Training your newly adopted dog often begins with finding a great dog trainer, but not all are created equal. Our partner Andrea Arden, host of various hit shows on Animal Planet and frequent Today Show contributor, shares how to find a great trainer for your dog so that Fido is a well-mannered member of the family.
Choosing a trainer to assist you in teaching your dog to become a great canine companion is an important and sometimes daunting prospect for pet parents. There are loads of trainers to choose from, lots of methods being employed by those many trainers, and little industry regulation in regards to quality of training or service provided.
Add to all of this that many people begin their search when they are already experiencing a behavior issue with their dog and you will find the vast majority of pet parents are confused and panicked.
In an ideal world, you should give yourself some time to do a bit of research prior to engaging the services of a professional dog trainer so as to avoid frustrating and potentially costly mistakes. This can start by asking your veterinarian, groomer, local pet store and neighborhood dog people for recommendations. Once you have a short list of potential candidates, be prepared with a list of questions for those trainers. Typically, the most common questions people ask are: How far? and How much? While the cost and distance of a particular trainer are certainly important, you might fair far better to go a little further distance and spend a little more it means working with a more experienced trainer who can most successfully lead you down the path to training success.
Some other questions to consider asking:
1. What are your methods and/or philosophy?
At one time dogs were trained using repeated harsh jerks on a choke collar and lots of shouting. Avoid trainers who use the methods of ‘force-training.’ This is not only unnecessary, but it is generally not nearly as effective as a more modern, motivation based approach. Force based training may also exacerbate a problem (especially fear and aggression issues) and may damage not only your dog, but also your relationship with him or her. Ask for some dog training book recommendations, which will give you an even better idea of what approach they prefer.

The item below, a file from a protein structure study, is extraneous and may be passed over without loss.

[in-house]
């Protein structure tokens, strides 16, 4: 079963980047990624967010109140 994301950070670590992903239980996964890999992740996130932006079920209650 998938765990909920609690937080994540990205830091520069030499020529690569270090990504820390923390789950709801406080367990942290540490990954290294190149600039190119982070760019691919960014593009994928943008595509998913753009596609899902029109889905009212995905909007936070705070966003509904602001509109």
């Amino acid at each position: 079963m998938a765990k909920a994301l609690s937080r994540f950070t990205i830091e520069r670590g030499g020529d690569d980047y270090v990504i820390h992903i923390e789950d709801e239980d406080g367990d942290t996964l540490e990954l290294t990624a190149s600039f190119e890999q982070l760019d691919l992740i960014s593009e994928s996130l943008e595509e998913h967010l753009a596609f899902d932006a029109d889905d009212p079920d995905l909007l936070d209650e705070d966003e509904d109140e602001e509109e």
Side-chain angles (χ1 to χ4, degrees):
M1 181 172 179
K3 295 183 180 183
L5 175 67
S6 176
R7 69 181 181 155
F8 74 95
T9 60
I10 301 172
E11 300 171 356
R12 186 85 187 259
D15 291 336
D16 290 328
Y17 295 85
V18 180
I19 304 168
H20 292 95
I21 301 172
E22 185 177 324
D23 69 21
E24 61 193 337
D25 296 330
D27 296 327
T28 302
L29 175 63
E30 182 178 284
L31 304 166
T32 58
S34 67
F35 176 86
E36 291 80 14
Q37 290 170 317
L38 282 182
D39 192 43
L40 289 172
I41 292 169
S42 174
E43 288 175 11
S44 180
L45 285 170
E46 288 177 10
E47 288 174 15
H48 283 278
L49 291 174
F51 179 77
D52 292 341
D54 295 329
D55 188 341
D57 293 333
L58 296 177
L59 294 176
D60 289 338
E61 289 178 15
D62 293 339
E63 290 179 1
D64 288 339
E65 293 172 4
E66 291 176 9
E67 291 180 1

2. How long have you been a professional trainer and what is your background?
Consider the length and quality of their experience working with dogs and other animals. Did they attend/apprentice with a particular school? Do they attend ongoing workshops and training seminars, if so where and by whom?
3. Do you have any certifications or training awards?
As professional dog training is a largely unregulated industry, it can be hard to distinguish between credentials. Most pet parents can’t readily distinguish between those which may be quite meaningful within the industry (i.e. amongst professional dog trainers), but this will again provide you with insight into their approach as you can research where they have received training or certification and see how you feel about that organization’s mission statement.
4. May I observe a class?
This is perhaps one of the most important steps in choosing a trainer. Whenever possible, you should try to watch the dog trainer in action. Consider both human and canine students: Are they having fun and do they seem to be learning useful concepts? Is the facility clean? Is there adequate room? Are the trainers professional, clear and compassionate?
5. Do you have references I can speak with?
Speaking with a reference for a professional dog training business can’t hurt. But keep in mind that a training school is unlikely to give you the contact information for any client other than those they know will give them a glowing review. So references are really best found from local pet businesses and pet parents and from visiting a school to get a first hand idea of how current clients seem to feel about their experience.
6. Do you offer a guarantee?
While it might give someone a sense of security when a training school offers a guarantee, there really are too many factors beyond the trainer’s control to do so. Most specifically, how well a client follows through on the training advice offered. In fact, the Association of Pet Dog Trainers (APDT) specifically states that trainers should refrain from offering guarantees for training services. This is not to be confused with finding a professional dog trainer who is committed to excellence in regards to client satisfaction.
With list in hand, you are now ready to embark on your search for just the right dog trainer for you and your pup. In a nutshell, they should be experienced, employ science based methods which focus on motivating your dog to want to learn, and should take great joy in helping you and your dog build a better relationship based on cooperation and fun!
For more articles on dog and cat training, behavior and socialization, visit Andrea’s Petiquette with Andrea Arden: Good Manners for Good Pets blog at Pets for Patriots.